Disclaimer: The below is solely intended for informational purposes and in no way constitutes legal advice or specific recommendations.

If you’re a homeowner, winterproofing your home is just a seasonal chore. But if you’re a new homeowner, you may not know where to start. Before the first snowfall, here are a few steps you may want to take to avoid making emergency repairs in the cold.

1 – Insulate pipes

Insulation may not just keep your hot water, well, hot, but it may also prevent pipes from bursting. This can cause significant and costly damage to your home, and may lead to other hard-to-fix issues, such as water damage and a mold infestation. When water in your home’s pipes freeze, that can lead to cracks. Eventually, those cracks get larger, and the water’s pressure can cause the pipes to burst. Prevent this from happening by insulating the pipes in the coldest parts of your house (places such as attics and crawl spaces), keeping cabinets open to let heat circulate closer to the pipes, and occasionally letting water drip from faucets to keep water flowing.

2 – Clean your gutters

Cleaning out your home’s gutters is an important step in protecting your home from the winter weather: dead leaves and debris stuck in the gutters can prevent water flow. But it’s not the only precaution to see to outside. To better protect your house’s foundation, take steps to make sure that any water can easily be diverted away from your home, via a downspout. Don’t forget to maintain trees and other large shrubbery: all it takes is one heavy snowfall or a gust of icy wind to knock down branches, which can take down power lines (or worse) with them.

3 –  Check your roof

Your roof is an important defense against the winter weather, and certain bad circumstances can cause it to fail and let water or ice seep into your home. Accumulating snow, for example, can cause an older roof to collapse. Consider getting a roof rake with a long handle so you can remove snow without risking your safety and wellbeing.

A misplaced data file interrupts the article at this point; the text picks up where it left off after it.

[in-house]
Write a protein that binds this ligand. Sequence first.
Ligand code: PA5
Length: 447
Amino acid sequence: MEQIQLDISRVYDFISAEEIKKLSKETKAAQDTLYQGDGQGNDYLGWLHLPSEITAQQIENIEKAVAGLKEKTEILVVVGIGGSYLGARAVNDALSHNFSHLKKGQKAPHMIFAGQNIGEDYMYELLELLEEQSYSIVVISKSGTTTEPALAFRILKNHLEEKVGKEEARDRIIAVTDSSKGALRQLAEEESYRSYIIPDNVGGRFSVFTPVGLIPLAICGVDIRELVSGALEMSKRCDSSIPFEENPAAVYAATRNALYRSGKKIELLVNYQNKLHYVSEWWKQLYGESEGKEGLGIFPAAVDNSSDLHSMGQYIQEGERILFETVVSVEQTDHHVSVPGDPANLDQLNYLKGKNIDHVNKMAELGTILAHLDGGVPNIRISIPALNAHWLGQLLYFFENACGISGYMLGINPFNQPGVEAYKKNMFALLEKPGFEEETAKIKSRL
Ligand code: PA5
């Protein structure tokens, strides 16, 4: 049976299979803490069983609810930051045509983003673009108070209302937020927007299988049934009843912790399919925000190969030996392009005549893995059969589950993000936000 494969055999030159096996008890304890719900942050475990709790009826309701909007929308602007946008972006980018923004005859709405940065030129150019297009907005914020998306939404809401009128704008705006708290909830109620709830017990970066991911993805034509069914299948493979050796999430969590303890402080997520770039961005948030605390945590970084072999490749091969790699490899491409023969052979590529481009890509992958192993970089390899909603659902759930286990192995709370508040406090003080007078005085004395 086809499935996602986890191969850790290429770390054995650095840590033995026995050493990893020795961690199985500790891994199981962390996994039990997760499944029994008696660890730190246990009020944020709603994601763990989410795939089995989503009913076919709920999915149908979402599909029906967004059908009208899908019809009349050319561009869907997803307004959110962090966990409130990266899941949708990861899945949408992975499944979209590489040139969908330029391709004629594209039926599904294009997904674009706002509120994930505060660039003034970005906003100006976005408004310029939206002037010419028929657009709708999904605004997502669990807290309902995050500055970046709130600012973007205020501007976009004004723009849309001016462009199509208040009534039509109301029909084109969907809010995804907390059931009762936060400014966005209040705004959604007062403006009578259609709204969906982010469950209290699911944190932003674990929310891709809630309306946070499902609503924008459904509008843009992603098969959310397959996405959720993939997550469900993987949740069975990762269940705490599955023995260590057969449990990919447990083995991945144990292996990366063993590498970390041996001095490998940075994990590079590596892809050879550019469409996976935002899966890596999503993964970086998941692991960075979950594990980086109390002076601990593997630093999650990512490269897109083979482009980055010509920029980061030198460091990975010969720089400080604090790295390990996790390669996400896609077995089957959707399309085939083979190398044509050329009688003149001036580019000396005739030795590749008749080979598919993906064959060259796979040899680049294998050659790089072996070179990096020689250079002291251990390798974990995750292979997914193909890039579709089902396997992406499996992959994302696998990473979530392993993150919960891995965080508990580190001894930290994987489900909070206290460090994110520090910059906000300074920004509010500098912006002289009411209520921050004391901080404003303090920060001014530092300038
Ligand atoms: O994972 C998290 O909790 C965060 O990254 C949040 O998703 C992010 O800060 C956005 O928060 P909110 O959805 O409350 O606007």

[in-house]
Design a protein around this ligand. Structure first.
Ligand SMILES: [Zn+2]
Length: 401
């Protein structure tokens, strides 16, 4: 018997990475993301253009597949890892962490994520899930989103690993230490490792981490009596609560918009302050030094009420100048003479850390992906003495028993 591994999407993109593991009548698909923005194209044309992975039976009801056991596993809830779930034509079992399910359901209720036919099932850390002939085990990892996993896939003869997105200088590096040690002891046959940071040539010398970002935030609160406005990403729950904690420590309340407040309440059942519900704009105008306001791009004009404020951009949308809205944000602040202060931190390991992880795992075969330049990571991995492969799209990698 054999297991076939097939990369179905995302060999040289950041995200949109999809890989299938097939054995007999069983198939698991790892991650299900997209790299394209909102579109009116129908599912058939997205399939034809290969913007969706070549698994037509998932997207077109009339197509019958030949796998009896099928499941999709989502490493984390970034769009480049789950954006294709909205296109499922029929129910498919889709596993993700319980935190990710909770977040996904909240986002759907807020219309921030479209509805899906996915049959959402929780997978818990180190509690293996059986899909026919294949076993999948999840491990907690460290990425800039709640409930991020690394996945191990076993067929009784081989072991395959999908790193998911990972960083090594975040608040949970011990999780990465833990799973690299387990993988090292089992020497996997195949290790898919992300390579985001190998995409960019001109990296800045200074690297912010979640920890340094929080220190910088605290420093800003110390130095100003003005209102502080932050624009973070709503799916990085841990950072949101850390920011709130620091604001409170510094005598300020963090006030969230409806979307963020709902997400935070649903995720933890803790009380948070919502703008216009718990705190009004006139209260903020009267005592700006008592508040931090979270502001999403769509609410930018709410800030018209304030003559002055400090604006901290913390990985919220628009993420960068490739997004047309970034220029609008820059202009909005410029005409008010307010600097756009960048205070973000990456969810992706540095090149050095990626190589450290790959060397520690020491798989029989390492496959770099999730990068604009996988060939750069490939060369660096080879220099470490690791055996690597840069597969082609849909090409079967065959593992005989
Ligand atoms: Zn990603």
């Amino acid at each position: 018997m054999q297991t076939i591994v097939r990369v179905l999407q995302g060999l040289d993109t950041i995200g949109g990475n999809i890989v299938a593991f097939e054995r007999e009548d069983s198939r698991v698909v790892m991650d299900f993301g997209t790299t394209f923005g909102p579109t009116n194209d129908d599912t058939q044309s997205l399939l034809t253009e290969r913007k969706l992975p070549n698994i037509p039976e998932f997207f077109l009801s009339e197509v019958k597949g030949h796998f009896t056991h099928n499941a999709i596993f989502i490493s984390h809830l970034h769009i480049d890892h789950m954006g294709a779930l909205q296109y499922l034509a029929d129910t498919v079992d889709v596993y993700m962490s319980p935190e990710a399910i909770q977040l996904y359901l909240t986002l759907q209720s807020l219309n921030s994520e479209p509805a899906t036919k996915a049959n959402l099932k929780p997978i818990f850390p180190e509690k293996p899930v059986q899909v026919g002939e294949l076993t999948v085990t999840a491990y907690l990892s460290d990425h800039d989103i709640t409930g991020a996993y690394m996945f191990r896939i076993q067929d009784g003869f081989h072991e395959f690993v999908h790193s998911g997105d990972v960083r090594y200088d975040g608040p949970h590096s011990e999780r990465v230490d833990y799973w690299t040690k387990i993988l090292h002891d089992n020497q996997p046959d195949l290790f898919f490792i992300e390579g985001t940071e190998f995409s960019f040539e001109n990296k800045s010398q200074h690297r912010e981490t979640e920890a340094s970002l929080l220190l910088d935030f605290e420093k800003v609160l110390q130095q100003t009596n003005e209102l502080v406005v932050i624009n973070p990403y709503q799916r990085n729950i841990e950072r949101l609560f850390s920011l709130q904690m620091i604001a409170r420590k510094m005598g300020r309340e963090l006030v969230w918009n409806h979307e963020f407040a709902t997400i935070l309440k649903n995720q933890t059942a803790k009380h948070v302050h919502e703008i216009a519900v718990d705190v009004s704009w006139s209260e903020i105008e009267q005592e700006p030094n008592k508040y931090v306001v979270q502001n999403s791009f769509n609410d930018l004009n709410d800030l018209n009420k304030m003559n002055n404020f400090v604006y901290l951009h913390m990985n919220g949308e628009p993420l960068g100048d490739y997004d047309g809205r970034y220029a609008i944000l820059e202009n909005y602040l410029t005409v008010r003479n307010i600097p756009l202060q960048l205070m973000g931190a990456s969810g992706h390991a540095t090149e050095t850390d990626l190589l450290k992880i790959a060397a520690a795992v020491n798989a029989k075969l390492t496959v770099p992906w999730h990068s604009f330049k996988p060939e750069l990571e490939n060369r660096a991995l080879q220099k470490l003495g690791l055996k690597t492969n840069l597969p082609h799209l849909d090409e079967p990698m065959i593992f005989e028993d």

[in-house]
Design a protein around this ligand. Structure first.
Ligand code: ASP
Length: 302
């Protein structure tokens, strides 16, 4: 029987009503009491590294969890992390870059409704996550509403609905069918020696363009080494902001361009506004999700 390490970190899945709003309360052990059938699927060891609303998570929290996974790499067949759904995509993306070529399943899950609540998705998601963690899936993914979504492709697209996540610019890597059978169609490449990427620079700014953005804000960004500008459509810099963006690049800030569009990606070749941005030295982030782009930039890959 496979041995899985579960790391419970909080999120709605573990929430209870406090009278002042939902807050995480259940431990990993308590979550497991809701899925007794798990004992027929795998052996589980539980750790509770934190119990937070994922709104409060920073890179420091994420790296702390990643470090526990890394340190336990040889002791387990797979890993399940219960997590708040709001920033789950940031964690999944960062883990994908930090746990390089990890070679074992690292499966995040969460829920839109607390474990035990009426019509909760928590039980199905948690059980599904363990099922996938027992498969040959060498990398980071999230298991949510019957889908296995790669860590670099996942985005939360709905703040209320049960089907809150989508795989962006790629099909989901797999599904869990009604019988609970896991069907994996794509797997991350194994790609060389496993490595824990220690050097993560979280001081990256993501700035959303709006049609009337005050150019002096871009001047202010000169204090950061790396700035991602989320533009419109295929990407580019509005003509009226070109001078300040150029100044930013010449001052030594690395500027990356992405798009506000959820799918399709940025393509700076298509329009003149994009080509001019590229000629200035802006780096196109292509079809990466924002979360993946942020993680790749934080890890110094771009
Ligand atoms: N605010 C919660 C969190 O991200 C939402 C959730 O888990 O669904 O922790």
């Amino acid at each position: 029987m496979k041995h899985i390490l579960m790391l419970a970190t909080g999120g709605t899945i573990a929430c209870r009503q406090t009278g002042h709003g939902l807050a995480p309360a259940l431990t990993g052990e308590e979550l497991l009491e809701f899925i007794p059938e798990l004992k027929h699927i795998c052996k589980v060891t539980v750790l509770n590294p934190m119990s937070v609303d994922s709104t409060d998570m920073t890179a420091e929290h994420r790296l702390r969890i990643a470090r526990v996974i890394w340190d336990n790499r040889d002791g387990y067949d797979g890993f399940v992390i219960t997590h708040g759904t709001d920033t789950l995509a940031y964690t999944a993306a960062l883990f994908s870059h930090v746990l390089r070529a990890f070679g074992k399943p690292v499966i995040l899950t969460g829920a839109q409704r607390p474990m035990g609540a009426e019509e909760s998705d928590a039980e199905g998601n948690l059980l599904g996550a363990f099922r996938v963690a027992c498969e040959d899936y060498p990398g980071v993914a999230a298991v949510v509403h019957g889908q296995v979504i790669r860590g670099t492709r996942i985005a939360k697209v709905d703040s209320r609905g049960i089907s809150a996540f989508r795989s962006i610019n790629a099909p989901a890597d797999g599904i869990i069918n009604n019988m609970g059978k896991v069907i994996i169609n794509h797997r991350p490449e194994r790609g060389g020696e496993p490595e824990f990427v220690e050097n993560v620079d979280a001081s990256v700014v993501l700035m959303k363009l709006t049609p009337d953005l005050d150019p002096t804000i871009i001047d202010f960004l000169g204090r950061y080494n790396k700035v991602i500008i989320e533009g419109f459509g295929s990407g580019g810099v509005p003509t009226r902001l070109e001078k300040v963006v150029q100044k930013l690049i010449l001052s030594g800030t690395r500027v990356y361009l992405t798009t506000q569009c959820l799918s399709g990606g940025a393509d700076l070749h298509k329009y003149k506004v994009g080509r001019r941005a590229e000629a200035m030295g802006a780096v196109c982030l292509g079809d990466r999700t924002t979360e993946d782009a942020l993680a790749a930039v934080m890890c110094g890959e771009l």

4 – Stock up on the right tools

Shovels and salt are generally no-brainers for homeowners, but don’t forget emergency kits and flashlights. Bad winter weather can easily knock out power in some neighborhoods, so you may want to be prepared — especially if you’re expecting to host guests for longer than a day. Get bottled water, OTC medications, and pre-packaged food that doesn’t need to be heated or refrigerated. Batteries, a battery-powered radio, and a charged phone are also great items to add to your arsenal.

5  – Think beyond the obvious

You may be thinking about protecting your home from the winter weather, but you may want to think about how to protect it from the criminals who take advantage of this time of year to scam unsuspecting homeowners. Invest in home automation with a front-facing security camera, or a doorbell with a camera, so you can see who’s at your door. This time of year, thieves may steal packages from your porch, and if you want to catch them in the act, some of these tools may be helpful.

If you’re a homeowner with an elderly or disabled neighbor, offer your services: help them shovel snow from their driveway, pick up groceries, or offer them a care package. Some criminals may pose as do-gooders, only to scam more vulnerable individuals or steal their belongings when invited into their home.   

Don’t forget to check up on and help neighbors who may not have the tools and resources to protect themselves. A helping hand or a phone call can go a long way!

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